SEATTLE, Washington — The United States has taken substantial action both domestically and internationally to fight against vector-borne diseases (VBDs) such as Zika, West Nile, malaria, dengue and more. From the President’s Malaria Initiative to frequent mosquito net donations, the U.S. continues to provide foreign aid to populations affected by insect-borne diseases. Nootkatone is a new chemical that could help the world better fight insect-borne diseases.
Insect-borne diseases constitute 17% of infectious diseases worldwide and result in about 700,000 deaths annually. Although many developed countries provide assistance in the fight against VBDs, controlling the spread has proven difficult. In order to successfully control insect-borne diseases globally, a more nuanced approach must be realized. Fortunately, a promising chemical called nootkatone could enter the global market within the next few years and become an important tool in fighting VBDs.
In order to control insect-borne diseases, experts agree that an effective global response will require international collaboration and cooperation. This response will need to go beyond the treatment of patients and insect control by also including prevention strategies as well as the bolstering of public health infrastructure.
In spite of the international attention given to the issue, insect-borne diseases have reemerged within the last several decades. There are many factors that have enabled this resurgence:
- Insufficient public health infrastructure
- Unprecedented population growth in developing countries
- Urbanization and increased population density
- Globalization and increased travel
- Warmer global temperatures that provide more hospitable environments for insects
- Lack of sanitation services such as sewage and waste management
- Focus on killing adult mosquitoes as opposed to prevention, and
- Insect resistance to insecticides and repellents
To better address insect-borne diseases, in 2017 the World Health Organization (WHO) released a plan for its global vector control response that extends until 2030. There are many aspects to this plan including community-wide spraying of insecticides, drainage or treatment of stagnant water and use of insecticide-treated bed nets. Another recommendation the WHO makes is that people in regions affected by insect-borne diseases use topical repellents for personal protection.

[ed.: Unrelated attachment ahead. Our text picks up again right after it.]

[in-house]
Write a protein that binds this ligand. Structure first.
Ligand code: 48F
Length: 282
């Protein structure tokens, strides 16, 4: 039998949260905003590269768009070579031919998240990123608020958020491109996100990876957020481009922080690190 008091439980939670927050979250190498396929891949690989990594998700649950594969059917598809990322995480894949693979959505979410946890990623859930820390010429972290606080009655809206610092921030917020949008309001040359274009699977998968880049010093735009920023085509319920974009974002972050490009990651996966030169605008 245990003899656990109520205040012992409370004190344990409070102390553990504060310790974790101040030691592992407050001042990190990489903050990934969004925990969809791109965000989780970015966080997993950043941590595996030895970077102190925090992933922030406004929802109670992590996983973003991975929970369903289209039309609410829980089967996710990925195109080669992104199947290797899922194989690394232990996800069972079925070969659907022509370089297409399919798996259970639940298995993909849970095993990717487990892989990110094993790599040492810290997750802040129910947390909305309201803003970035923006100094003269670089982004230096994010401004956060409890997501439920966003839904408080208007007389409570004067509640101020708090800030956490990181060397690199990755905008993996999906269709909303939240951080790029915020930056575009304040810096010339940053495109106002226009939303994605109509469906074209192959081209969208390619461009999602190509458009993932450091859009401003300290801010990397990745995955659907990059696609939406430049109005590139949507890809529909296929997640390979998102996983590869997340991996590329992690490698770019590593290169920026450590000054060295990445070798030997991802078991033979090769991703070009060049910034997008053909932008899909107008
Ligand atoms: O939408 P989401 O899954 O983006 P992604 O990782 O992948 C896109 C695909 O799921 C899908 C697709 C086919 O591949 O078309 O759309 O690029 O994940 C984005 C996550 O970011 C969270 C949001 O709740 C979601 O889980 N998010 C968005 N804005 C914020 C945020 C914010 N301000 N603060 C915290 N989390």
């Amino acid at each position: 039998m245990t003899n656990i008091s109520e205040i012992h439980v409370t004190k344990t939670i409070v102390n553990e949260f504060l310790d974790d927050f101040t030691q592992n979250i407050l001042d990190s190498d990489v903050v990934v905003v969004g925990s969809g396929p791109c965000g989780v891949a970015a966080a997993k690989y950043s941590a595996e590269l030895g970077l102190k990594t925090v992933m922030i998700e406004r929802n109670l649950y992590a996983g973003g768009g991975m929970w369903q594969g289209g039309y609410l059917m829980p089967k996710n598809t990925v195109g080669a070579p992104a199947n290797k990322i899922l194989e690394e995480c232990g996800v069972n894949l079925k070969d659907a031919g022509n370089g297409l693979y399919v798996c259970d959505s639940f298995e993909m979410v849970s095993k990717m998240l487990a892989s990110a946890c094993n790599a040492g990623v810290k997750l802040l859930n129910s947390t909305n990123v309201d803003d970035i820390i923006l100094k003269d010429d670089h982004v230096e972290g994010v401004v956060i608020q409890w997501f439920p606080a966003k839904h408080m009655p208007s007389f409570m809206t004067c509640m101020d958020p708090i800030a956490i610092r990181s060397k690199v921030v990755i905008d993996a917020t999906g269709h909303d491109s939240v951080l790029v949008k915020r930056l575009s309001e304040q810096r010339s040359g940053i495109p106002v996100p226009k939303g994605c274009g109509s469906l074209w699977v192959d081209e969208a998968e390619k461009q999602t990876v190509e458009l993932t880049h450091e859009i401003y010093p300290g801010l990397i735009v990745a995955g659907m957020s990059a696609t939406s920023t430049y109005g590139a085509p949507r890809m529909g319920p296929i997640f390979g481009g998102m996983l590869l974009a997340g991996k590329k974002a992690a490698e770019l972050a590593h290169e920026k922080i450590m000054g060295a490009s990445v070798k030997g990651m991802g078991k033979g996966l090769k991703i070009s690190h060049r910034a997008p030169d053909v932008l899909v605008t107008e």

Nootkatone: A Topical Repellent
Many personal repellents are on the market, the most effective of which are products that contain the chemicals DEET or picaridin. The problem with some of these chemicals is that insects, mosquitoes in particular, are building resistance to these repellents. In August of 2020, however, the EPA approved a new chemical called nootkatone for use in repellants.
There are many attributes of nootkatone that differentiate it and make it more effective than other repellents. Unlike many other repellents and pesticides, nootkatone is naturally derived and is nontoxic to humans and other mammals. This could be particularly appealing to people who avoid synthetic repellents.
Additionally, nootkatone does not lose its potency after a few hours on the skin like many other naturally derived repellents do. Lastly, the chemical has a pleasant citrusy scent which could make it more desirable for many people.
Nootkatone is not a magic potion that will eradicate diseases like malaria, but it could play a major role in the fight against insect-borne diseases. Since it comes from cedar trees and grapefruits, the production of nootkatone repellent sprays could be very affordable. This means that the chemical could be purchased cheaply and used by foreign aid projects such as the President’s Malaria Initiative to fight insect-borne diseases internationally.
Furthermore, since nootkatone is nontoxic, it can be used in a variety of ways. Experts are talking about potentially using it in bath soaps or to treat insect-repelling nets around beds. Nevertheless, since the EPA just gave it the green light of approval, nootkatone will probably not be used in products until 2022 at the earliest.
The EPA approval of nootkatone is an important step towards fighting insect-borne diseases. While the use of personal repellents is simply one tool of many in controlling insect-borne diseases, with the increased insect resistance to repellents, it could be a vital one.
– Alanna Jaffee